Biological Invasions (2015) 17, 1087-1094

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Peter Caley, Robert Ingram and Paul De Barro (2015)
Entry of exotic insects into Australia: Does border interception count match incursion risk?
Biological Invasions 17 (4), 1087-1094
Abstract: Interception data collected at the Australian quarantine border on the orders Coleoptera, Hemiptera, Lepidoptera and Diptera during 1986-2005 were cross-referenced to incursion data. For insects from these four orders, detection at the quarantine border was a poor predictor of successful incursions over the corresponding period. Most species that successfully mounted an incursion during the 1986-2005 period were not recorded as being intercepted at the quarantine border over the same period. This may be due to either organisms arriving via pathways that are not subject to border inspection, or that the inspection sensitivity is low, or that species discovered are not reliably identified, recorded and reported. The end result is that the border inspection, at least during the period 1986–2005, would have been largely ineffective as an early warning system for a large proportion of incursions occurring over that period. This finding is contrary to the expectation that interception data is a useful tool for predicting future incursions and opens the question as to whether different approaches to collecting interception data might improve predictive power. That said, within those species that were intercepted, those with a higher interception rate had an increased probability of a recorded incursion, particularly for incursions before 1986, and so supports the argument that propagule pressure is a key factor in invasion establishment.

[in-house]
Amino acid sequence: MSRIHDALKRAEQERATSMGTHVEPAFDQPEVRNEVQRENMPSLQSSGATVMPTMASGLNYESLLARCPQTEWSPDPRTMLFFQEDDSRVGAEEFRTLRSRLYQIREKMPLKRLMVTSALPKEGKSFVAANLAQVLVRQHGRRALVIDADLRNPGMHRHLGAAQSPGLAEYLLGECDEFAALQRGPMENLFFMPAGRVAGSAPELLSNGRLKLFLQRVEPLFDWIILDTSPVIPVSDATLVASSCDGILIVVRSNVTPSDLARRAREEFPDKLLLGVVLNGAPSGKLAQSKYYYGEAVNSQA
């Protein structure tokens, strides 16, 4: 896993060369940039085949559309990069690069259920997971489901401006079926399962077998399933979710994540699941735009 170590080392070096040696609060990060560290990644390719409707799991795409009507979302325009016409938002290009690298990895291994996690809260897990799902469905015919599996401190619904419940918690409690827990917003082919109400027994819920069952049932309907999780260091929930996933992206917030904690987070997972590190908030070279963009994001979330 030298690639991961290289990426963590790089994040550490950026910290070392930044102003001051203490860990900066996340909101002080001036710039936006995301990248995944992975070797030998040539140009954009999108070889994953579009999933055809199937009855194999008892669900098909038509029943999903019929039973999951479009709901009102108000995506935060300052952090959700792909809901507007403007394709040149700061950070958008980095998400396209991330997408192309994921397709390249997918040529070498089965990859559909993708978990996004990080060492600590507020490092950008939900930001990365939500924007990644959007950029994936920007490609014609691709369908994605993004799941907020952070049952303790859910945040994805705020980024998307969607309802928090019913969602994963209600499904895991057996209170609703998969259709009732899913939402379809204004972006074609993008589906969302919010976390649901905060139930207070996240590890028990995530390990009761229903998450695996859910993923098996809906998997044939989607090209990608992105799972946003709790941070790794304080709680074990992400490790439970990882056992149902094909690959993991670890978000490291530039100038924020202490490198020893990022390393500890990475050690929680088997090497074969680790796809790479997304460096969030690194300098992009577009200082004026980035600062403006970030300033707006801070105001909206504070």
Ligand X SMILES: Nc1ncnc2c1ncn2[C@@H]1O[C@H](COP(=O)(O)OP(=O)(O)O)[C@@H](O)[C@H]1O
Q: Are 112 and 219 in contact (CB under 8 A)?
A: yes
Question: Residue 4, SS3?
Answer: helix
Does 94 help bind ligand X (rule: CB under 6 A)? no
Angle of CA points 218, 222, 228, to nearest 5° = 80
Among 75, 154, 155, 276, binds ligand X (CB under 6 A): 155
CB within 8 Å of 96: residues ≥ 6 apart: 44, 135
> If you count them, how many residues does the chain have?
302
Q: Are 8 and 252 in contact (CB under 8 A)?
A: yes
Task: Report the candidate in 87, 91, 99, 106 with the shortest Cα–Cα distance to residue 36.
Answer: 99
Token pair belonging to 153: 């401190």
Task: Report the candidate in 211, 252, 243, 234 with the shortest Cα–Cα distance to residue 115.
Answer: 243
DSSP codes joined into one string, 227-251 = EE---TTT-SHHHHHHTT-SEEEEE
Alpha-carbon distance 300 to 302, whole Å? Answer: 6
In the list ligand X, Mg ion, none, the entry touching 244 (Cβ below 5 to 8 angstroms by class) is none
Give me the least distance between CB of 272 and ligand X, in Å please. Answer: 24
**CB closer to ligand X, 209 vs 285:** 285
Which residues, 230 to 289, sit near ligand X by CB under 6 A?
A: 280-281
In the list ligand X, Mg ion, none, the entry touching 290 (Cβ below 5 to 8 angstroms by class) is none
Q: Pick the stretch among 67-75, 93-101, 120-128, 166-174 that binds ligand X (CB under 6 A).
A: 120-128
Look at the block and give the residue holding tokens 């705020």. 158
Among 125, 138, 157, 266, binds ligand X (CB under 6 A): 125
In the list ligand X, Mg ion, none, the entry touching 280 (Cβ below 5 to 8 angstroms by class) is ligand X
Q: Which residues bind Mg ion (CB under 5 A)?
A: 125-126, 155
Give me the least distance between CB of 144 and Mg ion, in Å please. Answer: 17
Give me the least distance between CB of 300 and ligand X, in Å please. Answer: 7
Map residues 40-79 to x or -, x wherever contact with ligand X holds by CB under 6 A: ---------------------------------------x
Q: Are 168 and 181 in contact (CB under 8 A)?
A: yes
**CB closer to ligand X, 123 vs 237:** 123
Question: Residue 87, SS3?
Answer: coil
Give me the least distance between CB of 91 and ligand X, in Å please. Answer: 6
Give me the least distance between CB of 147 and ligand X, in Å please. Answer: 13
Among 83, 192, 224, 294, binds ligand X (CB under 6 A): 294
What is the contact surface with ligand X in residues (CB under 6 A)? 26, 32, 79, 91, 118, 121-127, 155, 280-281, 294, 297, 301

(The abstract is excluded from the Creative Commons licence and has been copied with permission by the publisher.)
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Database assignments for author(s): P. Caley

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